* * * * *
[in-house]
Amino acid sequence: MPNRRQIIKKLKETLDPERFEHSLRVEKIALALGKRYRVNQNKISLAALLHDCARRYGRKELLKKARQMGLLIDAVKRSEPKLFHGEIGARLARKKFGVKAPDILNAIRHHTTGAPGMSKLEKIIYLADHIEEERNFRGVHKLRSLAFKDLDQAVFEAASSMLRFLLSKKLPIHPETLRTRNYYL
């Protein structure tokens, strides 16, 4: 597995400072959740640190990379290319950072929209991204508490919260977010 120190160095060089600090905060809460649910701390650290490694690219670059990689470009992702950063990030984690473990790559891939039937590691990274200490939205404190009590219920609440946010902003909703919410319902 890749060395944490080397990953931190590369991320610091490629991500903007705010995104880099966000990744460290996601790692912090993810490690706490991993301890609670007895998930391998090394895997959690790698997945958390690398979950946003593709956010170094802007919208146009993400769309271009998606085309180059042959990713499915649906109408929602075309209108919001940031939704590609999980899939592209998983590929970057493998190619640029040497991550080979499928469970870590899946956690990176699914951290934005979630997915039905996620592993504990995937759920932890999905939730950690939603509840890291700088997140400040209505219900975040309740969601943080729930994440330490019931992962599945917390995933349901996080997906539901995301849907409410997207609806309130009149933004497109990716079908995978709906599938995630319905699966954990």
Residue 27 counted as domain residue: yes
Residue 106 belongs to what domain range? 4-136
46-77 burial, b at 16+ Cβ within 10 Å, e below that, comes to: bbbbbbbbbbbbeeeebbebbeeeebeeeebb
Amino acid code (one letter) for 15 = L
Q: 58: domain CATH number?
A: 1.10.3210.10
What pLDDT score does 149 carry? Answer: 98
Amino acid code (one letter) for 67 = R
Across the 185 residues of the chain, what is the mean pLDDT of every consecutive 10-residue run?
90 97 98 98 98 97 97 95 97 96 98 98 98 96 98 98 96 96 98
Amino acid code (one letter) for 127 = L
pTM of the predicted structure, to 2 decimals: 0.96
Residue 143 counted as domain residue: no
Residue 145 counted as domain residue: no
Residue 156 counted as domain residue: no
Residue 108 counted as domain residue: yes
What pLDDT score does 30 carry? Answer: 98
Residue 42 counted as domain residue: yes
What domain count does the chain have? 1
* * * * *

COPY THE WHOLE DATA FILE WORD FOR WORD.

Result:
[in-house]
Amino acid sequence: MPNRRQIIKKLKETLDPERFEHSLRVEKIALALGKRYRVNQNKISLAALLHDCARRYGRKELLKKARQMGLLIDAVKRSEPKLFHGEIGARLARKKFGVKAPDILNAIRHHTTGAPGMSKLEKIIYLADHIEEERNFRGVHKLRSLAFKDLDQAVFEAASSMLRFLLSKKLPIHPETLRTRNYYL
């Protein structure tokens, strides 16, 4: 597995400072959740640190990379290319950072929209991204508490919260977010 120190160095060089600090905060809460649910701390650290490694690219670059990689470009992702950063990030984690473990790559891939039937590691990274200490939205404190009590219920609440946010902003909703919410319902 890749060395944490080397990953931190590369991320610091490629991500903007705010995104880099966000990744460290996601790692912090993810490690706490991993301890609670007895998930391998090394895997959690790698997945958390690398979950946003593709956010170094802007919208146009993400769309271009998606085309180059042959990713499915649906109408929602075309209108919001940031939704590609999980899939592209998983590929970057493998190619640029040497991550080979499928469970870590899946956690990176699914951290934005979630997915039905996620592993504990995937759920932890999905939730950690939603509840890291700088997140400040209505219900975040309740969601943080729930994440330490019931992962599945917390995933349901996080997906539901995301849907409410997207609806309130009149933004497109990716079908995978709906599938995630319905699966954990």
Residue 27 counted as domain residue: yes
Residue 106 belongs to what domain range? 4-136
46-77 burial, b at 16+ Cβ within 10 Å, e below that, comes to: bbbbbbbbbbbbeeeebbebbeeeebeeeebb
Amino acid code (one letter) for 15 = L
Q: 58: domain CATH number?
A: 1.10.3210.10
What pLDDT score does 149 carry? Answer: 98
Amino acid code (one letter) for 67 = R
Across the 185 residues of the chain, what is the mean pLDDT of every consecutive 10-residue run?
90 97 98 98 98 97 97 95 97 96 98 98 98 96 98 98 96 96 98
Amino acid code (one letter) for 127 = L
pTM of the predicted structure, to 2 decimals: 0.96
Residue 143 counted as domain residue: no
Residue 145 counted as domain residue: no
Residue 156 counted as domain residue: no
Residue 108 counted as domain residue: yes
What pLDDT score does 30 carry? Answer: 98
Residue 42 counted as domain residue: yes
What domain count does the chain have? 1